- True believers may have the assurance of their salvation divers ways shaken, diminished and intermitted; as by negligence in preserving of it; by falling into some special sin, which woundeth the conscience, and grieveth the Spirit; by some sudden or vehement temptation; by God's withdrawing the light of his countenance; suffering even such as fear him to walk in darkness, and to have no light; yet are they neither utterly destitute of that seed of God, and life of faith, that love of Christ and the brethren, that sincerity of heart and conscience of duty, out of which by the operation of the Spirit this assurance may in due time be revived, and by the which in the meantime they are supported from utter despair.
Of The Law of God
- God gave to Adam a law of universal obedience written in his heart, and a particular precept of not eating the fruit of the tree of knowledge of good and evil, as a covenant of works, by which he bound him and all his posterity to personal, entire, exact and perpetual obedience; promised life upon the fulfilling, and threatened death upon the breach of it; and endued him with power and ability to keep it.
- This law, so written in the heart, continued to be a perfect rule of righteousness after the fall of man; and was delivered by God upon mount Sinai in ten commandments, and written in two tables; the four first commandments containing our duty towards God, and the other six our duty to man.
- Beside this law, commonly called moral, God was pleased to give to the people of Israel ceremonial laws, containing several typical ordinances; partly of worship, prefiguring Christ, his graces, actions, sufferings and benefits, and partly holding forth divers instructions of moral duties. All which ceremonial laws being appointed only to the time of reformation, are by Jesus Christ the true Messiah and only lawgiver, who was furnished with power from the Father for that end, abrogated and taken away.
- To them also he gave sundry judicial laws, which expired together with the state of that people, not obliging any now by virtue of that institution, their general equity only being still of moral use.
- The moral law doth for ever bind all, as well justified persons as others, to the obedience thereof; and that not only in regard of the matter contained in it, but also in respect of the authority of God the Creator, who gave it: neither doth Christ in the gospel any way dissolve, but much strengthen this obligation.
- Although true believers be not under the law, as a covenant of works, to be thereby justified or condemned; yet it is of great use to them as well as to others, in that, as a rule of life, informing them of the will of God, and their duty, it directs and binds them to walk accordingly; discovering also the sinful pollutions of their nature, hearts and lives; so as examining themselves thereby, they may come to further conviction of, humiliation for, and hatred against sin; together with a clearer sight of the need they have of Christ, and the perfection of his obedience. It is likewise of use to the regenerate, to restrain their corruptions, in that it forbids sin; and the threatenings of it serve to show what even their sins deserve, and what afflictions in this life they may expect for them, although freed from the curse thereof threatened in the law. The promises of it in like manner show them God's approbation of obedience, and what blessings they may expect upon the performance thereof, although not as due to them by the law, as a covenant of works; so as a mans doing good, and refraining from evil, because the law encourageth to the one, and deterreth from the other, is no evidence of his being under the law, and not under grace.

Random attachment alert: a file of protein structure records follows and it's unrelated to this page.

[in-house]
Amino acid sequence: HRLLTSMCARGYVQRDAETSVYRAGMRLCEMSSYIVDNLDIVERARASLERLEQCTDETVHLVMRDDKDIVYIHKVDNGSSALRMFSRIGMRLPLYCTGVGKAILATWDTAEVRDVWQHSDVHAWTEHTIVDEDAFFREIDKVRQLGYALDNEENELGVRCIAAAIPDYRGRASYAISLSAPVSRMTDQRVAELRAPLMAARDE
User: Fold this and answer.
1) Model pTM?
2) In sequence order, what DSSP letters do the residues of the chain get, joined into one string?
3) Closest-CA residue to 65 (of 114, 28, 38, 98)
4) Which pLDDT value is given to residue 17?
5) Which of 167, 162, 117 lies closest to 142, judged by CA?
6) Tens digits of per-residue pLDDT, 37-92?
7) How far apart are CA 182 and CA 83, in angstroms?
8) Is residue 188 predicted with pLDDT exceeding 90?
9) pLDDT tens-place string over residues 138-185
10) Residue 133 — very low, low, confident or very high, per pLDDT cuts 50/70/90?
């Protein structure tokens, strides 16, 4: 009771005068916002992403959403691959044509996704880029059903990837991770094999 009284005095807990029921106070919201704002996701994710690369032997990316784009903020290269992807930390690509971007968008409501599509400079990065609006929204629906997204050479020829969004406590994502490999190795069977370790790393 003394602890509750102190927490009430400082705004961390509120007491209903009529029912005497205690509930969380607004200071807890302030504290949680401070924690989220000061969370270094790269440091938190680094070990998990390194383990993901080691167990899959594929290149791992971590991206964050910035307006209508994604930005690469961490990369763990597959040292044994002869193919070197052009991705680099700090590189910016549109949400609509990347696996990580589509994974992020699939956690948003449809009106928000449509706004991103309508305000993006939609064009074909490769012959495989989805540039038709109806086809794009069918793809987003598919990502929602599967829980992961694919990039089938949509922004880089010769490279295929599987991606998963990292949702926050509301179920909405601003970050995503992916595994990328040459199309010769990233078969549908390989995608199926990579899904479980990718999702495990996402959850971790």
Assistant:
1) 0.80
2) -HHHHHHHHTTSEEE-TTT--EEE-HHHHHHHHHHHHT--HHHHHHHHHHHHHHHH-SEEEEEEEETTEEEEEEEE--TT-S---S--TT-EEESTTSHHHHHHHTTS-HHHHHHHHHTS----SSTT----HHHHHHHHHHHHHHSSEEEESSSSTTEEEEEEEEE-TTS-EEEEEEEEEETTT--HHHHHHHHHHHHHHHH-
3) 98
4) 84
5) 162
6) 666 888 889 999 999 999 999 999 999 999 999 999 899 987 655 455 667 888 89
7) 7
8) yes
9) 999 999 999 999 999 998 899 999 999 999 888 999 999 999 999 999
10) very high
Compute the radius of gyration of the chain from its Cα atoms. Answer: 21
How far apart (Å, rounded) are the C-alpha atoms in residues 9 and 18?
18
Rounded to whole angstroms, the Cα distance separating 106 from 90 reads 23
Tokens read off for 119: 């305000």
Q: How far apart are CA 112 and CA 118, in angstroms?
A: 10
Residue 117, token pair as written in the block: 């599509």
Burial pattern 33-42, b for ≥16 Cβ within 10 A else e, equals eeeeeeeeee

- Neither are the forementioned uses of the law contrary to the grace of the gospel, but do sweetly comply with it; the Spirit of Christ subduing and enabling the will of man to do that freely and cheerfully, which the will of God revealed in the law required to be done.
Of the Gospel, and of the Extent of the Grace Thereof
- The covenant of works being broken by sin, and made unprofitable unto life, God was pleased to give unto the elect the promise of Christ, the seed of the woman, as the means of calling them, and begetting in them faith and repentance: in this promise the gospel, as to the substance of it, was revealed, and was therein effectual for the conversion and salvation of sinners.
- This promise of Christ, and salvation by him, is revealed only in and by the Word of God; neither do the works of creation or providence, with the light of nature, make discovery of Christ, or of grace by him, so much as in a general or obscure way; much less that men destitute of the revelation of him by the promise or gospel, should be enabled thereby to attain saving faith or repentance.
- The revelation of the gospel unto sinners, made in divers times, and by sundry parts, with the addition of promises and precepts for the obedience required therein, as to the nations and persons to whom it is granted, is merely of the sovereign will and good pleasure of God, not being annexed by virtue of any promise to the due improvement of men's natural abilities, by virtue of common light received without it, which none ever did make or can so do. And therefore in all ages the preaching of the gospel hath been granted unto persons and nations, as to the extent or straitening of it, in great variety, according to the counsel of the will of God.